Amazon backs German smart heating and AC company Tado in new $50M funding round
Tado, the smart thermostat and AC control maker, has raised a further $50 million in funding from an array of noteworthy and strategic investors. Backing the Munich-headquartered company this time around is Amazon, E.ON, Total Energy Ventures, Energy Innovation Capital, and the European Investment Bank.
It brings total funding to $102 million since being founded in 2011, while the new capital will be used to develop new products and to extend its service offerings. The latter already includes “proactive” boiler maintenance via data the app collects and analyses and Tado’s 40,000 strong network of heating engineer partners.
That Amazon has chosen to invest is probably the most interesting aspect of this new financing round. The e-retail and technology giant has made multiple moves into the smart home space over the last few years, including acquisitions such as Ring (smart doorbell and security), and Blink (more smart doorbell and security cameras). Prior to buying Ring it was an investor via its Amazon Alexa Fund, and has also backed U.S. focussed smart thermostat company Ecobee.
Zooming out further, Amazon’s Echo powered by Alexa has positioned itself as the device that can bring the disparate smart home ecosystem under a single voice interface, alongside competitors Apple (Siri) and Google (Google Home), of course. (Tado supports all three digital assistants and is sold by Amazon and in Apple retail stores). Amazon has also ventured into smart home device installation and other home services, and given that Tado has a strong services component, the strategic fit looks even stronger.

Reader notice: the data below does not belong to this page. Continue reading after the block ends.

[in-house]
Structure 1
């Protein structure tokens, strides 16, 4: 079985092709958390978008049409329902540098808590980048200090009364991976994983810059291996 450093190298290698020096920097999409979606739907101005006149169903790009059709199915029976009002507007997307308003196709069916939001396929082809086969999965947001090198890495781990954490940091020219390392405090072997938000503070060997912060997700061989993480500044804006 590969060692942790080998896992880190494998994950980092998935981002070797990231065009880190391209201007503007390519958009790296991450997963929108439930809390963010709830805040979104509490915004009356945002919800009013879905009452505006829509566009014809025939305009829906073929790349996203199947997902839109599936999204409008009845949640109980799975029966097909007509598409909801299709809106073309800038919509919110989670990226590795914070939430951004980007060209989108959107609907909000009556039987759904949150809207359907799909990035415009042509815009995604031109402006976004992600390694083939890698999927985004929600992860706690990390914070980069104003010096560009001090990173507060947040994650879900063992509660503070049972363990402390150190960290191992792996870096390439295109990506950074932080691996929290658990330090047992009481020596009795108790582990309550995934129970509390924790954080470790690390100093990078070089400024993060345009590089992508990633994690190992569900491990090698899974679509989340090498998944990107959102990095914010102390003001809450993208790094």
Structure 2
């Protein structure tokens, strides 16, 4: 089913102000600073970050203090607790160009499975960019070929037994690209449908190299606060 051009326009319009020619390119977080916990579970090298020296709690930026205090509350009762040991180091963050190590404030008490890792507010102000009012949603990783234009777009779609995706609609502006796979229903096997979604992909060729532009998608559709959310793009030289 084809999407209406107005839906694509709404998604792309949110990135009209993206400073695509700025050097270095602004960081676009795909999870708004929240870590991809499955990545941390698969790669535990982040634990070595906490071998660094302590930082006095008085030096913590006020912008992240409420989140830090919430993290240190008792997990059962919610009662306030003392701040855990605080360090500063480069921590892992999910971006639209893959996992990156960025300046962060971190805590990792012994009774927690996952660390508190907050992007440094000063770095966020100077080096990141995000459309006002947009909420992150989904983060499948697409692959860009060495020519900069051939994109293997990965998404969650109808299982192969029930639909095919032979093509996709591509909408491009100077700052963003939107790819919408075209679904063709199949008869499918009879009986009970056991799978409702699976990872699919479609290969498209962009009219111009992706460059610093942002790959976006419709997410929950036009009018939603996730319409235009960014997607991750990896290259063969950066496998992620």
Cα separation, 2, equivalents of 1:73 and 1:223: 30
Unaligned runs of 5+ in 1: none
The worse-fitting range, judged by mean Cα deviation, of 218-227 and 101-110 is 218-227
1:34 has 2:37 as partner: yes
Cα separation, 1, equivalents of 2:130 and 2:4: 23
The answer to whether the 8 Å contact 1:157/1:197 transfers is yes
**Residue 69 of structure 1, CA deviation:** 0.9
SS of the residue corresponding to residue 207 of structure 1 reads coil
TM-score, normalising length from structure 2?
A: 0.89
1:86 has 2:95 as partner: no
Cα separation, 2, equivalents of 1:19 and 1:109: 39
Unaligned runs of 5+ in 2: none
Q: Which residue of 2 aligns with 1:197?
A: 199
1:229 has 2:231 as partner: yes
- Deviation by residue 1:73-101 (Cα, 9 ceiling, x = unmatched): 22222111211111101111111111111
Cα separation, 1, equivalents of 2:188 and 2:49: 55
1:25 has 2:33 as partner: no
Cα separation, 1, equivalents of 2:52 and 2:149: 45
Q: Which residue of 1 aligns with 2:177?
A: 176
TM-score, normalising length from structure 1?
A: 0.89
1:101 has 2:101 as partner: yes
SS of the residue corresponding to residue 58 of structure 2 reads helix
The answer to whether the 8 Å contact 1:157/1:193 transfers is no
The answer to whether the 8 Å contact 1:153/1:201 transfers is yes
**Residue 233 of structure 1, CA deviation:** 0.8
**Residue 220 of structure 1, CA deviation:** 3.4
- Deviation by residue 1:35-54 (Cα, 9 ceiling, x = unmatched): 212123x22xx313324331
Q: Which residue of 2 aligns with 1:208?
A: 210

In a call with Tado co-founder Christian Deilmann, he reiterated the three pillars of the company’s offering. The first is helping you manage your home’s climate to make it more comfortable and convenient/cost-effective. This includes being able to connect your existing central heating or air conditioning to the internet for remote and smartphone control, but also geo-location and other “smart” features that detect when residents are leaving or approaching home, the weather is changing, or when windows are opened.
However, as we’ve noted before, Tado’s engineering play goes deeper than simply smart phone and location-based control of your home’s heating and cooling systems alone. The startup’s smart thermostat has been painstakingly engineered to be able to connect to the digital serial interface of thousands of different boilers/manufacturers typically found in heating systems in Europe and in newer systems in general. This enables the Tado cloud to do a number of interesting things, such as modulating heating, rather than simple switching the boiler on or off, and provide remote diagnostics — which is where Tado’s second pillar, its service model, comes into play.
Longer term, a third pillar will see Tado more directly benefit energy management overall, including at the national grid level. In practice this means partnerships with local utilities companies — a number of pilots are already underway — to enable Tado and its customers to opt into ‘demand response’ schemes so that a home’s heating and cooling systems are utilised where possible outside of known peak energy times.
This could be as simple as turning your heating down by a few points without it really being noticeable or heating your home up a little ahead of time. In aggregate, this can make a tangible difference to the national grid’s ability to stabilise energy consumption, something that becomes ever more crucial as more renewable energy that is sporadic in nature, such as wind and solar, is supplied to the grid.
Meanwhile, energy company E.ON joining this latest funding round builds on a number of partnerships that Tado has with utilities companies as a route to market other than its B2C sales in retail stores. Deilmann tells me Tado can be purchased from over 30 utility companies and that B2B makes up around 50 percent of sales. The company also counts Čez Group, a multinational energy conglomerate based in the Czech Republic, and Statkraft Venture Capital, the investment company of Europe’s largest producer of renewable energy, as previous backers.